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physiology of Reactivity

 To fully understand why a dog is showing reactive behavior. It’s important to understand the physiology behind this behaviour, to comprehend the anatomical components and the involved chemical processes.

Whenever a dog is exposed to a trigger, a part of the brain, the amygdala, is activated. The amygdala is a section of the limbic system, located in the forebrain, that receives information from all the sensory systems in the body. This sensory information is translated into emotional responses and other parts of the brain are activated by it autonomously.  

 

So when a dog perceives danger, this sensory information is dealt with directly by the amygdala without going to the cerebral cortex first. The relationship between the “thinking brain” and the limbic system is very important to understand. Once the latter is activated, the cerebrum is by-passed. The dog will no longer “think” on how to handle the situation but will react in an impulsive, automated way.


If the amygdala is activated it will trigger the release of stress hormones and activate the sympathetic nervous system.

The body tries to re-find it's balance by switching between the sympathetic  (fight or flight) and parasympathetic (rest and digest) nervous systems and strives continuously towards an equilibrium. This is called homeostasis.

 

Thus homeostasis is the ability or tendency of an organism to maintain its internal equilibrium by adjusting its physiological processes. The brain is the organ primarily responsible for maintaining this, it does this by balancing both the chemicals inside the brain (neurotransmitters) and all the other chemicals in the body (hormones).

Stress in Dogs

Stress is a collective term used for being in a state of high alert. It’s the body’s response to danger or a stress-provoking event. It is an evolutionary survival mechanism ensuring the body is able to perform in an optimal way. Stress itself isn’t bad for the dog, but an excess can harm the body.

A stress reaction in the body is triggered in case of:

  • (Perceived) danger

  • Physical activities

  • Being excited

  • Feeling pain

  • Frustration of goals

Stress, thus can be divided in “physical stress” and “psychological stress” both types work in a similar way and have the same effect on a dog. Due to their effect they will make it harder for the body to reach and remain in homeostasis

 

If an organism is exposed to a stressful situation, the level of hormones will get out of balance. Once the situation has passed, the body will strive to return to a balanced state. The level of adrenaline may be cleared out of the system swiftly, often within 15 minutes. The effects of an increased cortisol level on the other hand can take from 48 hours up to 6 days, depending on the intensity of the reaction, to return to its normal state.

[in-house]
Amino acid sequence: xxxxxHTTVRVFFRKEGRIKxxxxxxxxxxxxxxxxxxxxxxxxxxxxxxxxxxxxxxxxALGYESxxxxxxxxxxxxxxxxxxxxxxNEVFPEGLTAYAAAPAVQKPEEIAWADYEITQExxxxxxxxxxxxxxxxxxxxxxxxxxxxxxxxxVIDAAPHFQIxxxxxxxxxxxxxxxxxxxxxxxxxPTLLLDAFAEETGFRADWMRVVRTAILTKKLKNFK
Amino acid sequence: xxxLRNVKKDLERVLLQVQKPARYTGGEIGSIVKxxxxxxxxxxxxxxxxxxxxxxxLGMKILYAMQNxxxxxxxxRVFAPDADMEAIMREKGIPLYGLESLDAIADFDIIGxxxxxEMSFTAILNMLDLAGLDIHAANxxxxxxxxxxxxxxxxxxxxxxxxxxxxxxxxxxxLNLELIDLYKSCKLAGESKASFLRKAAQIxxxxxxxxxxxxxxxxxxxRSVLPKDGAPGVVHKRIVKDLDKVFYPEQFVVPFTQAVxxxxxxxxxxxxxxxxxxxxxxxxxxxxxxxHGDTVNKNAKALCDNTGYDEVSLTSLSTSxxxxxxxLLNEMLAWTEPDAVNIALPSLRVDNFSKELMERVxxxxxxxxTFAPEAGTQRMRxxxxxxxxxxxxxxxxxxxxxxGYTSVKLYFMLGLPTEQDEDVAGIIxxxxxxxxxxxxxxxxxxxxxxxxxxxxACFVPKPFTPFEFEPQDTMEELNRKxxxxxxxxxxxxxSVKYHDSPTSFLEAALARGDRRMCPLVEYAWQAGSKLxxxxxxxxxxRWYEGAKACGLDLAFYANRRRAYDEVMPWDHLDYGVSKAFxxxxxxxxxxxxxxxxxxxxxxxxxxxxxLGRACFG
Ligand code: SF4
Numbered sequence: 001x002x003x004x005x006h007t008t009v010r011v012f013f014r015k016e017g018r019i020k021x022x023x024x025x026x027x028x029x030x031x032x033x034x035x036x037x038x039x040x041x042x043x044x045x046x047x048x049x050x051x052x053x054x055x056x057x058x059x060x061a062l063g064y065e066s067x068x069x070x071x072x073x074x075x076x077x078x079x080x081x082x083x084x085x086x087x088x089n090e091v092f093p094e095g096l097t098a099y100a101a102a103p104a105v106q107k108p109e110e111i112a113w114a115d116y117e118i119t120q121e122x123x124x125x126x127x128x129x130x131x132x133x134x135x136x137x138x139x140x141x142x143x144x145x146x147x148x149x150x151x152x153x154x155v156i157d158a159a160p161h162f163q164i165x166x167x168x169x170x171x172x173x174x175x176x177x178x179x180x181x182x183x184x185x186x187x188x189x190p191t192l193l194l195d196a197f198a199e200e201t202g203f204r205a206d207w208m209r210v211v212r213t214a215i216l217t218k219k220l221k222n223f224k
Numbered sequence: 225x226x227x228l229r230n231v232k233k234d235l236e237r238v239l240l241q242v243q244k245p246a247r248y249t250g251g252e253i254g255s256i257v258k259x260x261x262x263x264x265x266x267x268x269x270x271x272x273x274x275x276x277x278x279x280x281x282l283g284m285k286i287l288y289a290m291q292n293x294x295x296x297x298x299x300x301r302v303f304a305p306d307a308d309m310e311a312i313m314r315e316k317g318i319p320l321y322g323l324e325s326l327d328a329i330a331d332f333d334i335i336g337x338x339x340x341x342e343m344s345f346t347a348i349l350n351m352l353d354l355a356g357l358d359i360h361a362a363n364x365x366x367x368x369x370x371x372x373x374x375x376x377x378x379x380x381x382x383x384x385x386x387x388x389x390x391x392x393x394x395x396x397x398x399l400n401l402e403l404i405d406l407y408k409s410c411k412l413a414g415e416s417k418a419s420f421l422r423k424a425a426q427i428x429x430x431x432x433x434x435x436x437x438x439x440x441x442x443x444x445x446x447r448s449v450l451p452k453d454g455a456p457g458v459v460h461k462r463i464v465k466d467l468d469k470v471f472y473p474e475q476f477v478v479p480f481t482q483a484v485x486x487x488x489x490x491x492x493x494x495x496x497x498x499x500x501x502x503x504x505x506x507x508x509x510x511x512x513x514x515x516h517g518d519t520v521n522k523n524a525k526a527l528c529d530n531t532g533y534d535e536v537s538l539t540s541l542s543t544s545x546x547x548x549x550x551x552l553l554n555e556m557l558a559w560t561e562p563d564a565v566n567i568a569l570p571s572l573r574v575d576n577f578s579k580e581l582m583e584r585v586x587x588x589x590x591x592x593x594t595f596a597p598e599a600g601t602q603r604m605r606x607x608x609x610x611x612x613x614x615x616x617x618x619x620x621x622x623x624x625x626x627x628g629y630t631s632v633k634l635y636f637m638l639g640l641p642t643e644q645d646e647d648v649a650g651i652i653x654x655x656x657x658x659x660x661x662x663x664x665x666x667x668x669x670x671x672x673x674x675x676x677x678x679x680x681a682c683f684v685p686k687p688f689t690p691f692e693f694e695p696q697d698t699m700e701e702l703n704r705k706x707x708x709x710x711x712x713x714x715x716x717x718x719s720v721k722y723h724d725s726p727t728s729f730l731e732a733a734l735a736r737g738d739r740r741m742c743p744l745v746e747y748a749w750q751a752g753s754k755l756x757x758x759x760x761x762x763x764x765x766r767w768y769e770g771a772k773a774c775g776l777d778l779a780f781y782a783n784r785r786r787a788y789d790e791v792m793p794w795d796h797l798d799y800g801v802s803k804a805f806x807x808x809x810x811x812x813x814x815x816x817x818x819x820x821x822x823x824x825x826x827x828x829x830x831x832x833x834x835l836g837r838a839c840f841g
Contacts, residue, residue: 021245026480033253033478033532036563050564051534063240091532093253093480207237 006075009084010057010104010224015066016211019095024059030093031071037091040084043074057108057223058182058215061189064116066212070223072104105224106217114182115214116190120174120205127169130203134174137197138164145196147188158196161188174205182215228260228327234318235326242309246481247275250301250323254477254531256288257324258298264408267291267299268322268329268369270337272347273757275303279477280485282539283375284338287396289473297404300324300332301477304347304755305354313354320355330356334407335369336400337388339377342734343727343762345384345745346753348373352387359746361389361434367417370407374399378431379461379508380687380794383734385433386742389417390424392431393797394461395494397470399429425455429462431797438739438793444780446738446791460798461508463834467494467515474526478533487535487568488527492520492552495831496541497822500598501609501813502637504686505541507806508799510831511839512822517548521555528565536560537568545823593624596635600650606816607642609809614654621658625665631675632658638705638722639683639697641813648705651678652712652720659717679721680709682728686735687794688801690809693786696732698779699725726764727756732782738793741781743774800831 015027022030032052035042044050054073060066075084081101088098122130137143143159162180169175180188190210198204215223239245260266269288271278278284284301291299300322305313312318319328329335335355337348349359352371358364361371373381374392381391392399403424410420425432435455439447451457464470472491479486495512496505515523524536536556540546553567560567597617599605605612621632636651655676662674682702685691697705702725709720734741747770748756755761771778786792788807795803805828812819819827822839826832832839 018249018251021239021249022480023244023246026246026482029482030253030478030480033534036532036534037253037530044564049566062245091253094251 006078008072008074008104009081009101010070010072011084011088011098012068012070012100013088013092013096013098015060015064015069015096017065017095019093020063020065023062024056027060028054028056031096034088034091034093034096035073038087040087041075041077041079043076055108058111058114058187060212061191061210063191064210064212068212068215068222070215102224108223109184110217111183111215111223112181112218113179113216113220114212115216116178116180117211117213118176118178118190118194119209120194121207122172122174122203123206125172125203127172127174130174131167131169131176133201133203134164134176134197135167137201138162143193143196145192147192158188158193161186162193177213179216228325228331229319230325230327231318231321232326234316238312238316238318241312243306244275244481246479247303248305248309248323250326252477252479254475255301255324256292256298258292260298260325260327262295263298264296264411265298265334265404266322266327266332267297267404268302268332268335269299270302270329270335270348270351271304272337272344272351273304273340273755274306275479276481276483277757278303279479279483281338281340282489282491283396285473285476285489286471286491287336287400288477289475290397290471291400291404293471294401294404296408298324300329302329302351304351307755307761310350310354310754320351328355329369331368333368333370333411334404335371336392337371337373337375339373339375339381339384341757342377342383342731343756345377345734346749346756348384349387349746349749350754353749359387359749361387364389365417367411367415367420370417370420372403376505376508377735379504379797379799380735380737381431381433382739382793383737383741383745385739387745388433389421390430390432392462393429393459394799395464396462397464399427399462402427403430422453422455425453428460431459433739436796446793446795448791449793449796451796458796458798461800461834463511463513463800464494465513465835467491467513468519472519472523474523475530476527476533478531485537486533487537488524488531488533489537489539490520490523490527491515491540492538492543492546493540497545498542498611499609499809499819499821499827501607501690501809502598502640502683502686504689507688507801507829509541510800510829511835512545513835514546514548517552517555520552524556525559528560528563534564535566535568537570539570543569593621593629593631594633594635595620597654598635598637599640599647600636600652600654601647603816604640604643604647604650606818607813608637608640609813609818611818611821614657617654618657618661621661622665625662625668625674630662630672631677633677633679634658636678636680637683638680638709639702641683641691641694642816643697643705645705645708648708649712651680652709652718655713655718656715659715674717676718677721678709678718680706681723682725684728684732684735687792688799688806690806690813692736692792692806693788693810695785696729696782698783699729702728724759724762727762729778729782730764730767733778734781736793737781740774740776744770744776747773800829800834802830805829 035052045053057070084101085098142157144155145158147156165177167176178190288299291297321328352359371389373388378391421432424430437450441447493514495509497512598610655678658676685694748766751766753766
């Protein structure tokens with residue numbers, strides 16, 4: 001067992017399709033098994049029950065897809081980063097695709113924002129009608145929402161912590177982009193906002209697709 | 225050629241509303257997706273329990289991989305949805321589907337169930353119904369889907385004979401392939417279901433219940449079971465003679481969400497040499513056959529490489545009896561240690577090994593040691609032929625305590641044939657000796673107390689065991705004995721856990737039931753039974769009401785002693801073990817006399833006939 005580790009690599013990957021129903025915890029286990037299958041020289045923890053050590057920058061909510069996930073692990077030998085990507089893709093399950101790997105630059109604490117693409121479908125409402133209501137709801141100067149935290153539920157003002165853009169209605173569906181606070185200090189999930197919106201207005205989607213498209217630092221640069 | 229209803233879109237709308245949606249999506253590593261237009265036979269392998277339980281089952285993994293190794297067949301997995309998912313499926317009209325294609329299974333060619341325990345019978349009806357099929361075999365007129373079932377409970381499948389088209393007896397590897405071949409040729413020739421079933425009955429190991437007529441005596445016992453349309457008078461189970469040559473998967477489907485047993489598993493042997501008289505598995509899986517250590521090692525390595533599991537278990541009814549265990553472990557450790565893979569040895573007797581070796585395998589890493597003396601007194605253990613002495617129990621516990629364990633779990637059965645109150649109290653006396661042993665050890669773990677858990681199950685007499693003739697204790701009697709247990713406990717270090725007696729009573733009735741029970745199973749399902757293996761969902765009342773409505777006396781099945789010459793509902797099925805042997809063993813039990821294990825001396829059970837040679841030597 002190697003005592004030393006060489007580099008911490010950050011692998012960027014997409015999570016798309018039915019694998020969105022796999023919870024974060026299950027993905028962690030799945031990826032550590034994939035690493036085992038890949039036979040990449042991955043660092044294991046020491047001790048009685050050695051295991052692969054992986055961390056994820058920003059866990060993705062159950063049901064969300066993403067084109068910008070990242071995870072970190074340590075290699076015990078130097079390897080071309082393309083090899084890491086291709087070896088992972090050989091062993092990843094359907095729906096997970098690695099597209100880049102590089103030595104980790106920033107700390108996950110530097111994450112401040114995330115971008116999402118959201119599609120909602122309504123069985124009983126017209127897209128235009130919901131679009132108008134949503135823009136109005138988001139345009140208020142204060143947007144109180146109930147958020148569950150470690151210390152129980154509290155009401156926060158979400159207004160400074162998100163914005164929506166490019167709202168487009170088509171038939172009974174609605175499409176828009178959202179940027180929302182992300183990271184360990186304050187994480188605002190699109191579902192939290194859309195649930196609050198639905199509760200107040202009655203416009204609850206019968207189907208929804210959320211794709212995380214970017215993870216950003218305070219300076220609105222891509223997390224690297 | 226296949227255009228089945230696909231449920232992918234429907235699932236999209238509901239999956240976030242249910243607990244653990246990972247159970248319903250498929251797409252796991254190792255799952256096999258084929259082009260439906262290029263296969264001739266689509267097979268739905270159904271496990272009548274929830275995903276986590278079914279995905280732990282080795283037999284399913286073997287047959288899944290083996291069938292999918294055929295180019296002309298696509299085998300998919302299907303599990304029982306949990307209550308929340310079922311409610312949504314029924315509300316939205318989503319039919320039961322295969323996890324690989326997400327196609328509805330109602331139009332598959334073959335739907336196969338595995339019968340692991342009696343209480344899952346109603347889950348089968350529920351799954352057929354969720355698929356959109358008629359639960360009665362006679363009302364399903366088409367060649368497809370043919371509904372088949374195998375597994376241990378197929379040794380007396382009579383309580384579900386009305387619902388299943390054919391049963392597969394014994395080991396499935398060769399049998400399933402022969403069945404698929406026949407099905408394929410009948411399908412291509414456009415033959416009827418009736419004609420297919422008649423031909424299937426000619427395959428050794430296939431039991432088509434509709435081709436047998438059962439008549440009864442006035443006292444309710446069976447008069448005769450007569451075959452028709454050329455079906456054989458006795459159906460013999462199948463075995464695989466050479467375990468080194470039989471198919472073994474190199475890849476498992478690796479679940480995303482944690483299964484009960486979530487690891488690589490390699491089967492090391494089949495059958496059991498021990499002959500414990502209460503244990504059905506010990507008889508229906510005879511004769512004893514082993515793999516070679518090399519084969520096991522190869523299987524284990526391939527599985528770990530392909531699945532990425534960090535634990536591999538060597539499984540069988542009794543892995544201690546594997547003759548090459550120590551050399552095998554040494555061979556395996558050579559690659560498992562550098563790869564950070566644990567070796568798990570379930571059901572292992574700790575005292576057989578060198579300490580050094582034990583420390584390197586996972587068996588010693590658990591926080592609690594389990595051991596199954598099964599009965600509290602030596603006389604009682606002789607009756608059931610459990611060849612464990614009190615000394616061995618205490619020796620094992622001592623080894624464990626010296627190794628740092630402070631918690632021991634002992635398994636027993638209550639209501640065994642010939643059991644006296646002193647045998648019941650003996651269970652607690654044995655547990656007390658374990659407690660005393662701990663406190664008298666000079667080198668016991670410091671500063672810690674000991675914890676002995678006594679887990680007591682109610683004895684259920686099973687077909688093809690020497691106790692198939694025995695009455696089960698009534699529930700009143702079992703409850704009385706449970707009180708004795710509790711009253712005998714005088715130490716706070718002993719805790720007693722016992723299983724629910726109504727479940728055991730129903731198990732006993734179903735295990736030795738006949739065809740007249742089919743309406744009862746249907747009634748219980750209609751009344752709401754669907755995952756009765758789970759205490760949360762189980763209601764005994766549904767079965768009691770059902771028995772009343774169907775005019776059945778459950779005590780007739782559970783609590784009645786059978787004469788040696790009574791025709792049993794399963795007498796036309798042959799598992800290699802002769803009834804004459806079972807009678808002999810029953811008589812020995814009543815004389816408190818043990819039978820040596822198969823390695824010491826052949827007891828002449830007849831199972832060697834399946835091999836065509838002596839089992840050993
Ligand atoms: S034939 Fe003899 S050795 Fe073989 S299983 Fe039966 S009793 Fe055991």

If the dog would be exposed to another stressful situation during this recovery period, the cortisol level will not be able to return to the normal level and the dog will eventually become chronically stressed. As a result of this constant increased cortisol level, the body will undergo certain changes, common side effects of ongoing stress are a reduction of “feel good” brain chemicals, resulting in a tendency to be more irritable, become more reactive and have less self-control.

Self-SuStaining Cycle

Showing reactive behavior is often a self-sustaining cycle. As described above: if a dog feels threatened by a certain trigger his brain, nervous and endocrine system kicks-in to anticipate on this perceived threat. The “thinking brain” (cerebral cortex) is by-passed and the sensory information is send directly to the amygdala, which in its turn activates the brain stern for one of the 4F responses. All this happens in the blink of an eye.

The dog is ready to react to the threat.

 

In the end the dog will form a “neural pathway” telling him how to react when being exposed to a certain trigger. Every time the dog is confronted with the same situation, the same neural pathway will be activated, strengthening the neural connection. This is called “long term potentiation”. If on the other hand, this neural pathway is used less the neural connections will become weaker, being “long term depression”. An organism will always choose the path of least resistance, it is thus our task as owners of a reactive dog to “weaken” the reactive brain path and strengthen the new “normal behavior” one.

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Sint-Gillis-Waas, Belgium

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